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Why We Love the Ocean

The psychology and physiology behind our attraction to the water

By Catherine Schmitt

Photo by Polly Saltonstall

Like the sea itself, the shore fascinates us who return to it, the place of our dim ancestral beginnings. In the recurrent rhythms of tides and surf and in the varied life of the tide lines there is the obvious attraction of movement and change and beauty. There is also, I am convinced, a deeper fascination born of inner meaning and significance. — Rachel Carson, Edge of the Sea

The living world is the natural domain of the most restless and paradoxical part of the human spirit. — Edward O. Wilson


The sand, smoothed by the tide, glitters with flecks of mica and quartz. The beach ends at an outcropping of rocks draped with seaweed and rough with barnacles. Tidal pools of seawater glisten with life: rusty splotches and pink-crusted algae, leaves of sea lettuce, baby fishes hiding in miniature caves. Beyond, the Atlantic Ocean roars.

Spending time near the water is good for our mental and physical health. For many years now, and lately more frequently, scientists from an array of disciplines have studied the effect of environment on our brains and bodies. I’ve read too many studies to list them individually, but the consensus is robust. In the presence of nature, stress and anxiety quickly ebb. The body heals. Mood lifts. Thoughts clarify. Memory sharpens. Attention focuses. The mind expands. 

Looking at the ocean can activate opiate receptors in the brain and release dopamine. Photo by Polly Saltonstall

Most studies to date have evaluated the visual effect of green space like parks, trees, or forests. Many of these studies used photographs or simulations of nature, but the effects were always greater with the real thing—and the more sustained the engagement, the better. While water is seldom evaluated separately, and salt water even less often, a focus on “blue space” is emerging, offering both theory and evidence for our instinctive love of the sea.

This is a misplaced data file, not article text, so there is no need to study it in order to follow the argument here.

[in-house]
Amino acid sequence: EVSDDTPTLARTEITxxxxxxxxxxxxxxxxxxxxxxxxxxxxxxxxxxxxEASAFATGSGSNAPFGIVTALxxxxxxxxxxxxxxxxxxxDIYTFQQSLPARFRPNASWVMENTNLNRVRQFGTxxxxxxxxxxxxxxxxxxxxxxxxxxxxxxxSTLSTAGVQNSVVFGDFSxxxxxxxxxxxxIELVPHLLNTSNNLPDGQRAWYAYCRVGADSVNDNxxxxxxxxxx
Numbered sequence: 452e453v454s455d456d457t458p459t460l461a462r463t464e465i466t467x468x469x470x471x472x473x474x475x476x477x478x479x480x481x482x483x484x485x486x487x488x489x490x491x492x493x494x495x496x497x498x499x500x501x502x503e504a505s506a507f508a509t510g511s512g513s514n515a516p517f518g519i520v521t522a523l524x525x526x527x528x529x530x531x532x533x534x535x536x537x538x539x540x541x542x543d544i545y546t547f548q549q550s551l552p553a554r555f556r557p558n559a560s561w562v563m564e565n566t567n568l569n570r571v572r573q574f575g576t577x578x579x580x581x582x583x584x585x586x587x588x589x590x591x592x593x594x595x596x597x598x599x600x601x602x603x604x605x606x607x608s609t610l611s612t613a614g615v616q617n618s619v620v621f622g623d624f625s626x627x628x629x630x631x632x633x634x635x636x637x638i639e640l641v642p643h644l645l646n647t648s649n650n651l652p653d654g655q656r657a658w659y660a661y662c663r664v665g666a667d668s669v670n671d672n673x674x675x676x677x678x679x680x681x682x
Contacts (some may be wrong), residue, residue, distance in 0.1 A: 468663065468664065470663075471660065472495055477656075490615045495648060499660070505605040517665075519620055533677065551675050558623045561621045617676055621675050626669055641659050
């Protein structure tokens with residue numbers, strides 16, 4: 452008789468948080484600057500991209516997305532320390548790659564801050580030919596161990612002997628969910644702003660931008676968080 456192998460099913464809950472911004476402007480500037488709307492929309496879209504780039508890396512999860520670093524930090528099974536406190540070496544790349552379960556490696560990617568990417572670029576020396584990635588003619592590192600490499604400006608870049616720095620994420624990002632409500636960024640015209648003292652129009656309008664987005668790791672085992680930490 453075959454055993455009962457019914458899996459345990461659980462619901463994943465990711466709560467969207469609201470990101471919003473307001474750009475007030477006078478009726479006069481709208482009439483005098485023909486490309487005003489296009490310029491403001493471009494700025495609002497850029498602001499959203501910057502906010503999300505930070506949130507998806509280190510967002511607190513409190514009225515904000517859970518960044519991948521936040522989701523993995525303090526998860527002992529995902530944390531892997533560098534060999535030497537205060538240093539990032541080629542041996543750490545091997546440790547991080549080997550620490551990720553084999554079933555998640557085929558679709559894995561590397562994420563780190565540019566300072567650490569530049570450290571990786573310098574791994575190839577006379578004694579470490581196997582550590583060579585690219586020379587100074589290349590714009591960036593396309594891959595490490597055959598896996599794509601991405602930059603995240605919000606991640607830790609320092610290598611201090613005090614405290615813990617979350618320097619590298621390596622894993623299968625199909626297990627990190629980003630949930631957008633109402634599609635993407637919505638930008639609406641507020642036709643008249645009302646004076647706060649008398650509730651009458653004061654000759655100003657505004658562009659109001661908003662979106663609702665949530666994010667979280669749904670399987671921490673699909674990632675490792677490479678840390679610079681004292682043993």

People the world over favor the color blue, perhaps because it is associated with clear skies and clean water. Certain parts of the brain are dedicated to interpreting color and scenery. Landscapes ranked as the most “scenic” often include a high proportion of blue along with green, some gray, and brown. 

Researchers trying to understand the characteristics of visual preferences for scenes have found that we’d rather look at the fluid surface of the sea or rough tangles of vegetation than rigid grids of pavement or lawn. Built environments, devoid of life’s color and texture, are harder for the human brain to comprehend, while natural information appears to be easier for the brain to process. Color helps fasten moments into memories, yet we seem to derive pleasure from an ocean view even in black-and-white, because of the lines, edges, and textures, the layers of sky, water, and knotted wrack. 

The detail, contrast, ornament, complexity, symmetry, and hierarchies of an ocean view cascade, from the broad expanse beyond to the lighter shade of shallow water; rows of waves transform into individual lines of foam-trimmed surf. The silvery flash of schooling fish and spiraled shells on the beach reflect patterns—the golden ratio (1:1.618), the Fibonacci sequence—that reveal mathmatical order behind the seemingly chaotic. These same fractal patterns occur inside our brains and nervous systems.

Experiencing the wonder of natural beauty might actually decrease the inflammation that contributes to heart failure, depression, and autoimmune diseases, according to some research. Looking at the ocean activates opiate receptors in the brain, releasing dopamine and its rush of reward. Even when people are in a good mood, they still seek out the water. The thin line where blue meets blue holds the gaze a bit longer, allowing the mind to wander. 

Running through clean salt water at the beach is good for your mental and physical health. Photo by Polly Saltonstall

The ocean provides space for physical activity: people row and paddle, cast lines, haul sails. Children love to run toward the water. We swim, boat, surf, fish, dig, carry buckets of water, build sand castles, bend down to collect shells and hermit crabs. We feel the rocks and sand with our bared feet, smell the brine of low tide, and taste the salt spray. Wading out through the seaweed, salt water soaks the skin—a nourishing ritual sought by fellow humans throughout history. 

The ancient Greeks built Aesculapian healing temples on hilltops and promontories overlooking the Mediterranean. The Celts sought remedy in seas, lakes, rivers, and springs. The coast was an important place for Dawnland ancestors of the native Wabanaki people. In 19th century England, France, and America, seaside resorts offered escape from urban contamination and congestion. Salt water heals cuts, and soothes irritated skin. Marine algae have been used to treat burns and other wounds.